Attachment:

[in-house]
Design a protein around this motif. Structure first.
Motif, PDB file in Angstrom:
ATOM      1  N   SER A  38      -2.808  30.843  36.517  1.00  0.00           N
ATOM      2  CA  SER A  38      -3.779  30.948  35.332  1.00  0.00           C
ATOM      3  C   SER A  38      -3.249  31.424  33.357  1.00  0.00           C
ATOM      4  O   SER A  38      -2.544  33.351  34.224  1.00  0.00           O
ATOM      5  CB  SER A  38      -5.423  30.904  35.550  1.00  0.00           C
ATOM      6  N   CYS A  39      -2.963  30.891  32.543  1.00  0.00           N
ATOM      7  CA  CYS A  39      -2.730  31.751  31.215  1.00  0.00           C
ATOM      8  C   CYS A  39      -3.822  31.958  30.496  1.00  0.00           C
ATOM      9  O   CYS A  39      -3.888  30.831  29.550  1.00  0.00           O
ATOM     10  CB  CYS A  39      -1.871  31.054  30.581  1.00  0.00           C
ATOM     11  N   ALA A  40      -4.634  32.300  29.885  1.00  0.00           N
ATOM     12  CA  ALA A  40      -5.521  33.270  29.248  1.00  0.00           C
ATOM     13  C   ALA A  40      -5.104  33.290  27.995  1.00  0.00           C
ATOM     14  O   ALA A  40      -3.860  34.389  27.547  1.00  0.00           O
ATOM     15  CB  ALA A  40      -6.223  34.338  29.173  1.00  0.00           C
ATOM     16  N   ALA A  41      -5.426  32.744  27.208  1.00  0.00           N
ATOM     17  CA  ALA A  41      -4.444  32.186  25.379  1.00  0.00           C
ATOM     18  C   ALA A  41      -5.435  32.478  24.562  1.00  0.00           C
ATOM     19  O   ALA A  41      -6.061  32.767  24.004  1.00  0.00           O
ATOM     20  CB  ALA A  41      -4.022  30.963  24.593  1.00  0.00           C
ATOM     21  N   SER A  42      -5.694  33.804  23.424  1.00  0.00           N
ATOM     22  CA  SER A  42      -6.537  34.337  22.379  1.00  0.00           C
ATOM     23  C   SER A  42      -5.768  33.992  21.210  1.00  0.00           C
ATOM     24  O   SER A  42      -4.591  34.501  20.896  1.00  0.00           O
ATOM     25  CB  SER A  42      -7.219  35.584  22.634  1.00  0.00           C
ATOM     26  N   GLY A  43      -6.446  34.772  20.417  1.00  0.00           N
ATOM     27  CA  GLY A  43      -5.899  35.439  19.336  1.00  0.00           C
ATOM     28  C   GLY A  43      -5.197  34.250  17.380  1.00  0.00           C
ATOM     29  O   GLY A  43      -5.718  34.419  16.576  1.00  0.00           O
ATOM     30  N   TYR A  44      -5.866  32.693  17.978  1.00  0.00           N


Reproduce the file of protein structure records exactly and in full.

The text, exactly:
[in-house]
Design a protein around this motif. Structure first.
Motif, PDB file in Angstrom:
ATOM      1  N   SER A  38      -2.808  30.843  36.517  1.00  0.00           N
ATOM      2  CA  SER A  38      -3.779  30.948  35.332  1.00  0.00           C
ATOM      3  C   SER A  38      -3.249  31.424  33.357  1.00  0.00           C
ATOM      4  O   SER A  38      -2.544  33.351  34.224  1.00  0.00           O
ATOM      5  CB  SER A  38      -5.423  30.904  35.550  1.00  0.00           C
ATOM      6  N   CYS A  39      -2.963  30.891  32.543  1.00  0.00           N
ATOM      7  CA  CYS A  39      -2.730  31.751  31.215  1.00  0.00           C
ATOM      8  C   CYS A  39      -3.822  31.958  30.496  1.00  0.00           C
ATOM      9  O   CYS A  39      -3.888  30.831  29.550  1.00  0.00           O
ATOM     10  CB  CYS A  39      -1.871  31.054  30.581  1.00  0.00           C
ATOM     11  N   ALA A  40      -4.634  32.300  29.885  1.00  0.00           N
ATOM     12  CA  ALA A  40      -5.521  33.270  29.248  1.00  0.00           C
ATOM     13  C   ALA A  40      -5.104  33.290  27.995  1.00  0.00           C
ATOM     14  O   ALA A  40      -3.860  34.389  27.547  1.00  0.00           O
ATOM     15  CB  ALA A  40      -6.223  34.338  29.173  1.00  0.00           C
ATOM     16  N   ALA A  41      -5.426  32.744  27.208  1.00  0.00           N
ATOM     17  CA  ALA A  41      -4.444  32.186  25.379  1.00  0.00           C
ATOM     18  C   ALA A  41      -5.435  32.478  24.562  1.00  0.00           C
ATOM     19  O   ALA A  41      -6.061  32.767  24.004  1.00  0.00           O
ATOM     20  CB  ALA A  41      -4.022  30.963  24.593  1.00  0.00           C
ATOM     21  N   SER A  42      -5.694  33.804  23.424  1.00  0.00           N
ATOM     22  CA  SER A  42      -6.537  34.337  22.379  1.00  0.00           C
ATOM     23  C   SER A  42      -5.768  33.992  21.210  1.00  0.00           C
ATOM     24  O   SER A  42      -4.591  34.501  20.896  1.00  0.00           O
ATOM     25  CB  SER A  42      -7.219  35.584  22.634  1.00  0.00           C
ATOM     26  N   GLY A  43      -6.446  34.772  20.417  1.00  0.00           N
ATOM     27  CA  GLY A  43      -5.899  35.439  19.336  1.00  0.00           C
ATOM     28  C   GLY A  43      -5.197  34.250  17.380  1.00  0.00           C
ATOM     29  O   GLY A  43      -5.718  34.419  16.576  1.00  0.00           O
ATOM     30  N   TYR A  44      -5.866  32.693  17.978  1.00  0.00           N